V&A T.753-1950, Emperor's court robe, China (1875-1908)

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Artifact Information

The robe is made of gauze-banded plain weave silk with embroidery. This robe is a woman's garment that may be the earliest non-ecclesiastical Chinese garment in the Museum. The grand is a rich red silk that has horizontal bands of fruiting pomegranates (symbolizing a woman with many kids) in gauze weave running across the fabric at widely spaced intervals. Over this, there is shiny embroidered decoration of fruits, flowers, birds and mythical beasts [1].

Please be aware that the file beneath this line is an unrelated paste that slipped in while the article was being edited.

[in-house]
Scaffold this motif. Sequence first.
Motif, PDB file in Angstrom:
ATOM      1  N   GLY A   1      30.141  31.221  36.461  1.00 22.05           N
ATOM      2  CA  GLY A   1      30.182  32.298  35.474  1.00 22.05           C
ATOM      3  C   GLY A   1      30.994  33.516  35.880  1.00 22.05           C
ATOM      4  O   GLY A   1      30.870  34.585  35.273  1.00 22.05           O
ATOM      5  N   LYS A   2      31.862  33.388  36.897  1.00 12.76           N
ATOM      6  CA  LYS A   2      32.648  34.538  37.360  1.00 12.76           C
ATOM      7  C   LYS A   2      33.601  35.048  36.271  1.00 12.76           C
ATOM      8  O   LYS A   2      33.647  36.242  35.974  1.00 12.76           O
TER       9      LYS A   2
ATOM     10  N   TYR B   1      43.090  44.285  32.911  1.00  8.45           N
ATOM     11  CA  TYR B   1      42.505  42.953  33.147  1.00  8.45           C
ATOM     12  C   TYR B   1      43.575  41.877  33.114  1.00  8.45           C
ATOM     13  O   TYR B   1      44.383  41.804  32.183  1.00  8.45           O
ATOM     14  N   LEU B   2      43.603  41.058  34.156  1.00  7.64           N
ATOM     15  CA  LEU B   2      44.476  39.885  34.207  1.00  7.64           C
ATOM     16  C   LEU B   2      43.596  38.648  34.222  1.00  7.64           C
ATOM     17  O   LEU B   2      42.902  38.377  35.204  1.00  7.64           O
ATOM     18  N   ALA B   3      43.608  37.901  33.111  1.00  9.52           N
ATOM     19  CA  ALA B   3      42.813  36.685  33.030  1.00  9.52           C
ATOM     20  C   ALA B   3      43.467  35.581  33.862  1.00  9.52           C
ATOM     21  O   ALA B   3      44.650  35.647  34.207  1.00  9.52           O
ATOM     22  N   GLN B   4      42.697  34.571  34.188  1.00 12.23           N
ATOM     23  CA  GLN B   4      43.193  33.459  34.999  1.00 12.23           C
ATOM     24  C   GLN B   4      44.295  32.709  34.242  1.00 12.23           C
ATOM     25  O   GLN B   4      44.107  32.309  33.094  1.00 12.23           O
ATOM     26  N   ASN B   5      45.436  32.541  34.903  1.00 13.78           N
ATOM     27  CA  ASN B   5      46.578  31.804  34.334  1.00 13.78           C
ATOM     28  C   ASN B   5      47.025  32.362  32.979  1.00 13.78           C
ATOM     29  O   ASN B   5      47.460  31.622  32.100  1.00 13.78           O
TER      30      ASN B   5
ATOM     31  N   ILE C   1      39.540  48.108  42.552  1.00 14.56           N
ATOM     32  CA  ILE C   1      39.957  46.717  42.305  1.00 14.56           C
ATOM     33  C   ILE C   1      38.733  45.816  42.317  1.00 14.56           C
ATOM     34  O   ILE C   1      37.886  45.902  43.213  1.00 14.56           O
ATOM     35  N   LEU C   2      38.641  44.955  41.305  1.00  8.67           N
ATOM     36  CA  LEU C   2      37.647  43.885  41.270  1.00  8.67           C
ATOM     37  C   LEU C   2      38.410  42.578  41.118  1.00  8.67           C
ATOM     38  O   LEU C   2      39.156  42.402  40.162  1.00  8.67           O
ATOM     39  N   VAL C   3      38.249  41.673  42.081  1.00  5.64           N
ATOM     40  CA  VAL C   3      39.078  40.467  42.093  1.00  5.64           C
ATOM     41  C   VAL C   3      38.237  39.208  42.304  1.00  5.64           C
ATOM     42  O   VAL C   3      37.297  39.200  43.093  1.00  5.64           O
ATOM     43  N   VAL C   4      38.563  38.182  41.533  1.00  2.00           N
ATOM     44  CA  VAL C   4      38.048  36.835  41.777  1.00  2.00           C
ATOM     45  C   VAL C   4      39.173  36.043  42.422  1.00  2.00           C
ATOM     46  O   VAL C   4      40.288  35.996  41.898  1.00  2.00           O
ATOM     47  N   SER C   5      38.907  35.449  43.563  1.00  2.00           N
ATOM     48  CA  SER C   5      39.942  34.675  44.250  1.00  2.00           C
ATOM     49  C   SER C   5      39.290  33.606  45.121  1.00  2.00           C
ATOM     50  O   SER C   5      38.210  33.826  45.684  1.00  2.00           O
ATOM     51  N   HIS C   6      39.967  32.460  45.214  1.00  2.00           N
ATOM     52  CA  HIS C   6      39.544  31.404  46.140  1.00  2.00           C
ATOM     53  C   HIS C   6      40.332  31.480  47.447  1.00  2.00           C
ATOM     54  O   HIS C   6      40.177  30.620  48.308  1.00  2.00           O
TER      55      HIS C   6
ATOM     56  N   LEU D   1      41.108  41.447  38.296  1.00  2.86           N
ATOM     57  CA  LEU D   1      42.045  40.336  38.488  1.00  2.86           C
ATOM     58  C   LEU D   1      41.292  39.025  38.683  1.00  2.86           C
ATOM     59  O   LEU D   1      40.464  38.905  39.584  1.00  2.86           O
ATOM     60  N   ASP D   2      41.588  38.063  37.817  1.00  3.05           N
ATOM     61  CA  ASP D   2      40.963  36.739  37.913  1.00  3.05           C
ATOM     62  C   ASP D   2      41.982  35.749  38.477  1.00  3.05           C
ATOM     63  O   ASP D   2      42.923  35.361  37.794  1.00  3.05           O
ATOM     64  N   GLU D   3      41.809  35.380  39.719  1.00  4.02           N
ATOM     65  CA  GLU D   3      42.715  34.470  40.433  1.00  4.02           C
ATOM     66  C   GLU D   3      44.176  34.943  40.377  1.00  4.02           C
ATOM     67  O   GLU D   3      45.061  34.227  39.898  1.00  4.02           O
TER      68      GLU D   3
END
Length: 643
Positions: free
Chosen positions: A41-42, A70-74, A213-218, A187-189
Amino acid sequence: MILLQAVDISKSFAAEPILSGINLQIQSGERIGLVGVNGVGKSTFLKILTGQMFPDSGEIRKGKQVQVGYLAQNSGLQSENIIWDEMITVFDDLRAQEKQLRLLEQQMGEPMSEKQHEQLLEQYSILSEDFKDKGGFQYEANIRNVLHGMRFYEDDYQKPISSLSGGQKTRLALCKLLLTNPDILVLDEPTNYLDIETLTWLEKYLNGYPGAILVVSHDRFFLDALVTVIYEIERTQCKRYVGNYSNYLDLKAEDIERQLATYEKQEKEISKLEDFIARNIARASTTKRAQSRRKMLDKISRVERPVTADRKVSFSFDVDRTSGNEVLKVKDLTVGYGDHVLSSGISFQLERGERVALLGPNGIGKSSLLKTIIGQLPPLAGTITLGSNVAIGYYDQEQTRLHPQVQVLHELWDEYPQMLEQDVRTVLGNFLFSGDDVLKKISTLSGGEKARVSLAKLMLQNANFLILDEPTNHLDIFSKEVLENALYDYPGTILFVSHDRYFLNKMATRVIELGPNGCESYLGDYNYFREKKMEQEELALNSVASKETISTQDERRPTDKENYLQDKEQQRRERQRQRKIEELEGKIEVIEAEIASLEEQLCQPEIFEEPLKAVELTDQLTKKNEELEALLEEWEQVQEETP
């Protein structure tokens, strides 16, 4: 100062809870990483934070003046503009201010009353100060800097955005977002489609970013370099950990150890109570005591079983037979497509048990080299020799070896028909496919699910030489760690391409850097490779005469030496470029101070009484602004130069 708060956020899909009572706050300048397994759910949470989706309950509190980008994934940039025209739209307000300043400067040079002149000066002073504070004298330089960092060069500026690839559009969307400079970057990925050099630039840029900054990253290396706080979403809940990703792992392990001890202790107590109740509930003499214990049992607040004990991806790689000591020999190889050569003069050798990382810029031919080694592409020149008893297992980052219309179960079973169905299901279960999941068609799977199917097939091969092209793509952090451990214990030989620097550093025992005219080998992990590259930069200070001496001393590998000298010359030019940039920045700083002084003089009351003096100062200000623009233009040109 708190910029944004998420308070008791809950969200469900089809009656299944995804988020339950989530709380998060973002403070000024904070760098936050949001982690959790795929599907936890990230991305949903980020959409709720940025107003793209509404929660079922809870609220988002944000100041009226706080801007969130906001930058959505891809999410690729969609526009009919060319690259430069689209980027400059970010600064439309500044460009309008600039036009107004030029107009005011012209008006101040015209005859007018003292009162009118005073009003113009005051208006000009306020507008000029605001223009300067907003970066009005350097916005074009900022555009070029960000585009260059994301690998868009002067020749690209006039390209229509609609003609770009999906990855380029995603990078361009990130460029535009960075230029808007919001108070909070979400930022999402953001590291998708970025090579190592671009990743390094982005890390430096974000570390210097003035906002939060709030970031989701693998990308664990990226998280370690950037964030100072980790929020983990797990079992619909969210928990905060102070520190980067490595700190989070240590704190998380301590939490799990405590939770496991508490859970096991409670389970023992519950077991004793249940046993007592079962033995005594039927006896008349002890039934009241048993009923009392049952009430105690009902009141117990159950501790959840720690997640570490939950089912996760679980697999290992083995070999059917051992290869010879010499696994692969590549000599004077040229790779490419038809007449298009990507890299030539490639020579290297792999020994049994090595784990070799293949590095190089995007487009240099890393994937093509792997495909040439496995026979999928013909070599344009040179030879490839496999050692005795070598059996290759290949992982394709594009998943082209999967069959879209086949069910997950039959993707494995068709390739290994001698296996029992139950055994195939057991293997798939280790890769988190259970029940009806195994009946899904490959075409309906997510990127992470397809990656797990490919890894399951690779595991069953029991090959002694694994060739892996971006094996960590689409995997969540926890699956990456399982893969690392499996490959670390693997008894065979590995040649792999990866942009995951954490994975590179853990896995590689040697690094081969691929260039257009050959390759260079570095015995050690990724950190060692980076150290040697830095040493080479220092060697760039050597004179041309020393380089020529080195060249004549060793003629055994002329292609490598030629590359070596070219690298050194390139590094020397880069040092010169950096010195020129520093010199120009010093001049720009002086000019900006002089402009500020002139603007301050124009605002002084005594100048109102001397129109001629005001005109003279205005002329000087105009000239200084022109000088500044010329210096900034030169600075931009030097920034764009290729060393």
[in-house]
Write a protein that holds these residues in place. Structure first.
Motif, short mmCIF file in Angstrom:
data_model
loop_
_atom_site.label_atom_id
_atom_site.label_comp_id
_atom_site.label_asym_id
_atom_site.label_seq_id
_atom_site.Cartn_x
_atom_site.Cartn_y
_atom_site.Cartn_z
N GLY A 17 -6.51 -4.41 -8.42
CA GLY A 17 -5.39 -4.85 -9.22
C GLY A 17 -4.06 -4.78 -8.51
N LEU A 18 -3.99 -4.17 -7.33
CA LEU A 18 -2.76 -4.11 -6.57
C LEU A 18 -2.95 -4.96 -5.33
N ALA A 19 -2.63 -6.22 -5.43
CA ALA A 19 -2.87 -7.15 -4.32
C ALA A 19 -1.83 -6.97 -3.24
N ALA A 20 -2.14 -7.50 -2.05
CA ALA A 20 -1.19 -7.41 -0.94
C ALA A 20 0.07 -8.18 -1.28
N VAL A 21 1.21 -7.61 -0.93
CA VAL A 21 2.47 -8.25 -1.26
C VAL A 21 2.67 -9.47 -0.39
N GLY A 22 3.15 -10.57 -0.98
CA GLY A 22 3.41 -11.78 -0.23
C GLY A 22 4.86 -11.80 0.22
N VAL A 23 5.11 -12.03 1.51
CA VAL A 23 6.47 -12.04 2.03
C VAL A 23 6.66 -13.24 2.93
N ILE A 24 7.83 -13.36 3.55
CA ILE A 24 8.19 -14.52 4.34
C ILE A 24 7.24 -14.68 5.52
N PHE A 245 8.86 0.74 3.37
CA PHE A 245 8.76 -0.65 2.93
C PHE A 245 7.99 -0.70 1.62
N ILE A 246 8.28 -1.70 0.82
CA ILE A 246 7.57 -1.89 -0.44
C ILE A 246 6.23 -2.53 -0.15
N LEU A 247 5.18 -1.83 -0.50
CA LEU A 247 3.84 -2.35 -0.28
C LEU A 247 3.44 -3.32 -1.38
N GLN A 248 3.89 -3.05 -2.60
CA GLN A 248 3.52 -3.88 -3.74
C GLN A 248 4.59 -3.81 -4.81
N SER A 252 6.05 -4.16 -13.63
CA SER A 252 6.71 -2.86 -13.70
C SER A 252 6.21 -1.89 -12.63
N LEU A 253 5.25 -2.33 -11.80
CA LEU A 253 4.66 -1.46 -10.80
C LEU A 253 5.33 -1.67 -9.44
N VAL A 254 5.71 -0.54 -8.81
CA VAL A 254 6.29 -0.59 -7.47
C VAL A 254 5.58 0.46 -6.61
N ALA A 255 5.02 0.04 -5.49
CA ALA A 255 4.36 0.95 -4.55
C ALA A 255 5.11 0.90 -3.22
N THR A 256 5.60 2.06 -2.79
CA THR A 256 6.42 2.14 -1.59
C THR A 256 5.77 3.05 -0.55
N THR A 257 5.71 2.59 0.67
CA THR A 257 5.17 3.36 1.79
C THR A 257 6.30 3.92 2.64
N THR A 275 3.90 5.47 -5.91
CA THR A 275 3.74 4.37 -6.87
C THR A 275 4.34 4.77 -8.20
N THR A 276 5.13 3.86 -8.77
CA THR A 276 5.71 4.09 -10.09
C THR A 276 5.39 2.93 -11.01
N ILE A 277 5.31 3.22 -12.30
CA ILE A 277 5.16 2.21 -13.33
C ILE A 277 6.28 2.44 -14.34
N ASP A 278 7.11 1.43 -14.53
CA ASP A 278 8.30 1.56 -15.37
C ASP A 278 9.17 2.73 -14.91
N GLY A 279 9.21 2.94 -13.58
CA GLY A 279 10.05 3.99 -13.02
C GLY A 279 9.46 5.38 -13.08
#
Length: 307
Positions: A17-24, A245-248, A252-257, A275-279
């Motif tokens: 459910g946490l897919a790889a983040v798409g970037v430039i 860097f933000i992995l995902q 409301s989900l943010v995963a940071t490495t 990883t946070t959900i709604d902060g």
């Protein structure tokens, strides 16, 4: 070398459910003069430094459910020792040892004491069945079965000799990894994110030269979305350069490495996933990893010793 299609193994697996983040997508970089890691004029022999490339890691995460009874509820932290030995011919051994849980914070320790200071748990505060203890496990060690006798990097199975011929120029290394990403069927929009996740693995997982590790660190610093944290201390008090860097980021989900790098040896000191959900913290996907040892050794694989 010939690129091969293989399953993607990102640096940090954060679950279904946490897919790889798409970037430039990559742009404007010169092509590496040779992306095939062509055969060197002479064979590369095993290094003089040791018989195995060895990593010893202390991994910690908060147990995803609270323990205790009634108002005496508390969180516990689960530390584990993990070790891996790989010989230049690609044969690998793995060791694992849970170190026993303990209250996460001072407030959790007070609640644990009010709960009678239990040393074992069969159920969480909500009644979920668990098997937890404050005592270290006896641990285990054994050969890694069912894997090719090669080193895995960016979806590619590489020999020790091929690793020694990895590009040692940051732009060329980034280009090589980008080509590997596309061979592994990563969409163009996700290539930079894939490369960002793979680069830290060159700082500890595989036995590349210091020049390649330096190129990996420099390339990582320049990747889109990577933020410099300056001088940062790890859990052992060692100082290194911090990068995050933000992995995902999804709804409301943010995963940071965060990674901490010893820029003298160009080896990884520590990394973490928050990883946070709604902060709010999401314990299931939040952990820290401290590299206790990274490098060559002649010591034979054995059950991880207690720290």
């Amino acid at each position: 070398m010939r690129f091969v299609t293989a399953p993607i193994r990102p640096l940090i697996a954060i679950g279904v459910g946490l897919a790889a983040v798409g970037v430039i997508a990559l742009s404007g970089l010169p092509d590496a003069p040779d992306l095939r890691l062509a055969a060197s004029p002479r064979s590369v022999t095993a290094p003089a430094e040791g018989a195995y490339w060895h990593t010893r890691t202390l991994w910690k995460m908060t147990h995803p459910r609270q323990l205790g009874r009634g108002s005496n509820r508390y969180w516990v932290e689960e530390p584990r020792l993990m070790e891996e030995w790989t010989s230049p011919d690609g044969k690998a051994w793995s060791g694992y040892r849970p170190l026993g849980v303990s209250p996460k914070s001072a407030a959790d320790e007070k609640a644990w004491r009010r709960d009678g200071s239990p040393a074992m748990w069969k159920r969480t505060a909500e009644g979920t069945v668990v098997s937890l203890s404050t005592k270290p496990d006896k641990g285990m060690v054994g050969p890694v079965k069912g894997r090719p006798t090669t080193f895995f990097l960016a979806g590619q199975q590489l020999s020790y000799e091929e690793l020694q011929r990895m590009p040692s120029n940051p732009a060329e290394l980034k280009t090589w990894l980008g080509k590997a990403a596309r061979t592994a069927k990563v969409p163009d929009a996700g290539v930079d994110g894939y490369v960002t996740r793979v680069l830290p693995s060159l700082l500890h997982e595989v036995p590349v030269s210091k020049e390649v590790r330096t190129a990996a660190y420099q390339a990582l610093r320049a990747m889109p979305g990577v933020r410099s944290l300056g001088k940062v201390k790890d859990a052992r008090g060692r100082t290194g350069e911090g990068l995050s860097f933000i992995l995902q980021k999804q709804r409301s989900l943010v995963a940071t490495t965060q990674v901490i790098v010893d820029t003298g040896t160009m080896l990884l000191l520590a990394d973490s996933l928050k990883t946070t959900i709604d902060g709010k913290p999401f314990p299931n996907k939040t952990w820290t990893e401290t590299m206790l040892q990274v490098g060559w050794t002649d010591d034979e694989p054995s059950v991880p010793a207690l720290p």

Victoria and Albert Museum, London, UK T.753-1950

© Victoria and Albert Museum, London UK T.753-1950
© Victoria and Albert Museum, London, UK T.753-1950 detail of the robe

Summary of results

Analytical results by Jing Han [2]

Traditionally used Chinese dyes, pagoda tree buds and turmerichad been identified as the dyeing sources of this Chinese court robe [2]. The result is consistent with previous studies. Identification of a synthetic dye is also mentioned. The result agreed with the date of the robe, a late 19th century to early 20th century date. That was when synthetic dyes was imported and been used by dyers in China.


[1] https://collections.vam.ac.uk/item/O71648/emperors-court-robe-unknown/

[2] Jing Han, The Historical and chemical investigation of dyes in high status Chinese costume and textiles of the Ming and Qing Dynasties (1368-1911) PhD thesis, University of Glasgow February 2016.